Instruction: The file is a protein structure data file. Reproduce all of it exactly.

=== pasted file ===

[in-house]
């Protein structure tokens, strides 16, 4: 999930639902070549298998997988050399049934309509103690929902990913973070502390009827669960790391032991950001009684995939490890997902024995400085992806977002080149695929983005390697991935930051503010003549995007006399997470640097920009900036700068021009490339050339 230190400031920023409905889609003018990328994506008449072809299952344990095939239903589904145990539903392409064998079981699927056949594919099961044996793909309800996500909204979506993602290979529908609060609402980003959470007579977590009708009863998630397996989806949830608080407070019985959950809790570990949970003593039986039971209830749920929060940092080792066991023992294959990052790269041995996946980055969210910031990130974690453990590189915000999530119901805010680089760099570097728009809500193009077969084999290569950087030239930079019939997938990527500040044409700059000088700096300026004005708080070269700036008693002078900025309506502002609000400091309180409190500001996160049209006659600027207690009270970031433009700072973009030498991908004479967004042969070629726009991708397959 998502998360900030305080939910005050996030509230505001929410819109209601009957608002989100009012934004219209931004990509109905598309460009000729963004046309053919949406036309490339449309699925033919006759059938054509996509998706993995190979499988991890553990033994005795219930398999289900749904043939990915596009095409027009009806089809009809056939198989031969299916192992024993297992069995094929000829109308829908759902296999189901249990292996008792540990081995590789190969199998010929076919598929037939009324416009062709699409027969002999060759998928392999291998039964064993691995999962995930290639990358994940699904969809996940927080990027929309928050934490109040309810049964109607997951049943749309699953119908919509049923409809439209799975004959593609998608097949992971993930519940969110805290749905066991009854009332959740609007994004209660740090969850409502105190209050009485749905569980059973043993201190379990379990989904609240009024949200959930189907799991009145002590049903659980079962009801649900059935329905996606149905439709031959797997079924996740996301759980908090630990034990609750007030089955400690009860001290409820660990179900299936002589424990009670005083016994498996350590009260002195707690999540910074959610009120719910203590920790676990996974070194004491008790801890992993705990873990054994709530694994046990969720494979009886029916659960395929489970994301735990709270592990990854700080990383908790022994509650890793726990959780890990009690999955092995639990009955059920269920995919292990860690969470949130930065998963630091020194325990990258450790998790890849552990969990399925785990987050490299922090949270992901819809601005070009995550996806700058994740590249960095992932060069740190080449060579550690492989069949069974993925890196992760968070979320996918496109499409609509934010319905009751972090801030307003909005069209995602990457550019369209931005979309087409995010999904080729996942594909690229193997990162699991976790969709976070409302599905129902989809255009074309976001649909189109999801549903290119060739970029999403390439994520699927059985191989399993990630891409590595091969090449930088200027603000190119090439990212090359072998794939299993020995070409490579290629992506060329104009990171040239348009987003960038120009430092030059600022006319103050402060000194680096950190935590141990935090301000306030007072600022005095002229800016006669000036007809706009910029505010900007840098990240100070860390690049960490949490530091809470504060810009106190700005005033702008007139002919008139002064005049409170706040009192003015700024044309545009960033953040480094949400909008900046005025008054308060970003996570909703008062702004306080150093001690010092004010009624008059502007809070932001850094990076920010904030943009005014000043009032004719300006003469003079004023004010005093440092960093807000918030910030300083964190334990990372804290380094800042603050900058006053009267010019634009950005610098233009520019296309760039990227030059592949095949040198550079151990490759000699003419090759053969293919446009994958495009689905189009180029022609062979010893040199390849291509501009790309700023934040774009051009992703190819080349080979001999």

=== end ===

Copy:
[in-house]
């Protein structure tokens, strides 16, 4: 999930639902070549298998997988050399049934309509103690929902990913973070502390009827669960790391032991950001009684995939490890997902024995400085992806977002080149695929983005390697991935930051503010003549995007006399997470640097920009900036700068021009490339050339 230190400031920023409905889609003018990328994506008449072809299952344990095939239903589904145990539903392409064998079981699927056949594919099961044996793909309800996500909204979506993602290979529908609060609402980003959470007579977590009708009863998630397996989806949830608080407070019985959950809790570990949970003593039986039971209830749920929060940092080792066991023992294959990052790269041995996946980055969210910031990130974690453990590189915000999530119901805010680089760099570097728009809500193009077969084999290569950087030239930079019939997938990527500040044409700059000088700096300026004005708080070269700036008693002078900025309506502002609000400091309180409190500001996160049209006659600027207690009270970031433009700072973009030498991908004479967004042969070629726009991708397959 998502998360900030305080939910005050996030509230505001929410819109209601009957608002989100009012934004219209931004990509109905598309460009000729963004046309053919949406036309490339449309699925033919006759059938054509996509998706993995190979499988991890553990033994005795219930398999289900749904043939990915596009095409027009009806089809009809056939198989031969299916192992024993297992069995094929000829109308829908759902296999189901249990292996008792540990081995590789190969199998010929076919598929037939009324416009062709699409027969002999060759998928392999291998039964064993691995999962995930290639990358994940699904969809996940927080990027929309928050934490109040309810049964109607997951049943749309699953119908919509049923409809439209799975004959593609998608097949992971993930519940969110805290749905066991009854009332959740609007994004209660740090969850409502105190209050009485749905569980059973043993201190379990379990989904609240009024949200959930189907799991009145002590049903659980079962009801649900059935329905996606149905439709031959797997079924996740996301759980908090630990034990609750007030089955400690009860001290409820660990179900299936002589424990009670005083016994498996350590009260002195707690999540910074959610009120719910203590920790676990996974070194004491008790801890992993705990873990054994709530694994046990969720494979009886029916659960395929489970994301735990709270592990990854700080990383908790022994509650890793726990959780890990009690999955092995639990009955059920269920995919292990860690969470949130930065998963630091020194325990990258450790998790890849552990969990399925785990987050490299922090949270992901819809601005070009995550996806700058994740590249960095992932060069740190080449060579550690492989069949069974993925890196992760968070979320996918496109499409609509934010319905009751972090801030307003909005069209995602990457550019369209931005979309087409995010999904080729996942594909690229193997990162699991976790969709976070409302599905129902989809255009074309976001649909189109999801549903290119060739970029999403390439994520699927059985191989399993990630891409590595091969090449930088200027603000190119090439990212090359072998794939299993020995070409490579290629992506060329104009990171040239348009987003960038120009430092030059600022006319103050402060000194680096950190935590141990935090301000306030007072600022005095002229800016006669000036007809706009910029505010900007840098990240100070860390690049960490949490530091809470504060810009106190700005005033702008007139002919008139002064005049409170706040009192003015700024044309545009960033953040480094949400909008900046005025008054308060970003996570909703008062702004306080150093001690010092004010009624008059502007809070932001850094990076920010904030943009005014000043009032004719300006003469003079004023004010005093440092960093807000918030910030300083964190334990990372804290380094800042603050900058006053009267010019634009950005610098233009520019296309760039990227030059592949095949040198550079151990490759000699003419090759053969293919446009994958495009689905189009180029022609062979010893040199390849291509501009790309700023934040774009051009992703190819080349080979001999």